In our weekly spot on the site where we chat about mental health and wellbeing, a few thoughts on things to keep our brains entertained.
It’s Wednesday, the first of February, and we’re pulling up a chair for a natter. Biscuits included.
This week I’ve had an insight into the lives of so many people across the country, the family and loved ones of the 35,000 or so patients in hospital with Covid-19 at the present time.
There’s the waiting for the ambulance. The feeling of helplessness as the doors close, leaving you at the side of the road. The time lag between it leaving, and you being able to ring the hospital to find out what’s happening. Are they being kept in? The switchboard tries to find a home for your phone call while a pit of fear grows into a storm in your gut.
It’s a cycle of enforced ennui, interspersed with frantic action. Ticking boxes, trying to move scattered pieces into place in a world fractured by the pandemic. Has your loved one been for a scan yet? Are they on a ward? Are they staying in? Are they going to be okay?
In our case, it was a 24 hour scare with exemplary patient care. It was also 24 hours where access was denied to my loved one, and all the emotion that goes along with that. I can’t imagine how that must feel, replicated by days, weeks, in some cases ever months.
Now I’m grinding against the slow wheels of bureaucracy, filling in those scattered jigsaw pieces. It’s stop start. Lists are made. Things have to be done at certain times, in sequence. Return calls take eons to materialise, with dead space in-between the phone calls.
Those spells of ennui are mind numbing. I’m desperate for diversionary tactics and distractions. And not one of them including any form of mindfulness or meditation.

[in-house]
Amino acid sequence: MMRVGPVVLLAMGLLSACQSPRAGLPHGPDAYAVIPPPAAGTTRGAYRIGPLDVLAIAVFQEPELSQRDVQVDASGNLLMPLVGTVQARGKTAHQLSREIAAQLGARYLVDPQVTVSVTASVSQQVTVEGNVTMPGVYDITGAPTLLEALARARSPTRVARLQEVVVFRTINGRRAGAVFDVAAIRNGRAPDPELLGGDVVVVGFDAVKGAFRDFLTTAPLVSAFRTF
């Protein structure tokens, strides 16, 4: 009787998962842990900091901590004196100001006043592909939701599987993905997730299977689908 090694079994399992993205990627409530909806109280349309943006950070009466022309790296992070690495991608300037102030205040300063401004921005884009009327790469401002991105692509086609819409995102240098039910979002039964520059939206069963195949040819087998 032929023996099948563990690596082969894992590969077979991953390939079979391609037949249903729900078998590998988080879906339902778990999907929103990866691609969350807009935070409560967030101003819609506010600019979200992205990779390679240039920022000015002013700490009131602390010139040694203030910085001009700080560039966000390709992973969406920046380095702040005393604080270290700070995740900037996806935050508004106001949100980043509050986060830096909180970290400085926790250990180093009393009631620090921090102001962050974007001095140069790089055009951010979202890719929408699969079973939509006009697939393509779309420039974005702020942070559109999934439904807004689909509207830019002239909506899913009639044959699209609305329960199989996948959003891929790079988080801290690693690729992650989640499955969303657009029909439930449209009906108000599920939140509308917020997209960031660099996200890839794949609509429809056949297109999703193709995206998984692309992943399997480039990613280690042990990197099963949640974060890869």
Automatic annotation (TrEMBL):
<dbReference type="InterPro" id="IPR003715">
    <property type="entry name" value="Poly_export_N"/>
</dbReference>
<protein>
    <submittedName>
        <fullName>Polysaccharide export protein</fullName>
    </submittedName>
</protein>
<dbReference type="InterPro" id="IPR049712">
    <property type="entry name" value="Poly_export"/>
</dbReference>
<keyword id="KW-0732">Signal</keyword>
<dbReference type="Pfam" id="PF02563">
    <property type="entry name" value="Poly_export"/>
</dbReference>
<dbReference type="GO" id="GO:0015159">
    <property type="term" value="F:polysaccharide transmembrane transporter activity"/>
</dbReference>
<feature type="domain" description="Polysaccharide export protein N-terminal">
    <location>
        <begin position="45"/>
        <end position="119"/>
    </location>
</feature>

Simple reason for this – if I try to unhinge my mind from reality and seek the zen, it doesn’t just loosen up the brackets a little, it blows the bloody doors off! Mayhem, murder, torture – my mind has its own grimdark novel brewing up a storm. Not one that brings much reassurance. Perhaps I’m doing it wrong, but I’d rather just pass on the meditation for the moment, thanks.
Instead, I’m filling the void that my shrieking thoughts want to occupy with mindlessness. Important distinction. Anything new, or that I have to think hard about is out.
The following help keep me pacified:
- Otters on Twitter. So darn cute. Bad taxidermy. So damn funny.
- Match 3 / object searching games (freebies, I’m skint). I can move those pastel-coloured squares about in pleasing combinations for hours. Grow a fake garden, find pleasure in imaginary flowerbeds. A world of mindless focus. My heart rate usually drops by 15bpm a session. Beat that, yoga!
- Crime fiction. I don’t consider myself a crime reader, but I’m hoovering it up right now, reading 13 books in January. I blame Raymond Carver. Then I discovered Peter McLean, who does Carver with added demon. My book shelves are breeding again.
- Buffy The Vampire Slayer Season 4. Don’t judge me.
- Endless Planet Rock. A stream of dad rock. Light banter. Much Pink Floyd. Easy.
I’m understanding the sea shanty love, even if it’s not my bag. Nodding along, tapping toes to tunes of ye olden misery and toil. It takes us out of the now.
There is so much entertainment and knowledge out there in the world that I could be tapping into. But I’m just too weary and sad to try on the shiny new stuff. And, much like where I started this piece, I suspect that weariness is replicated in living rooms across the land.
My brain is taking its breaks where it can. I hope that if you are having hard times that you’ve also found some form of relief that you can tap into with ease. It could be building a 3-D Hogwarts or Star Wars LEGO. Rediscovering your vinyl records. Anything that helps the passing of empty time when you need it most.
If you’ve found something that helps, then do give it a shout out in the comments.
Thanks for reading, and take care. Go easy in those quiet moments.
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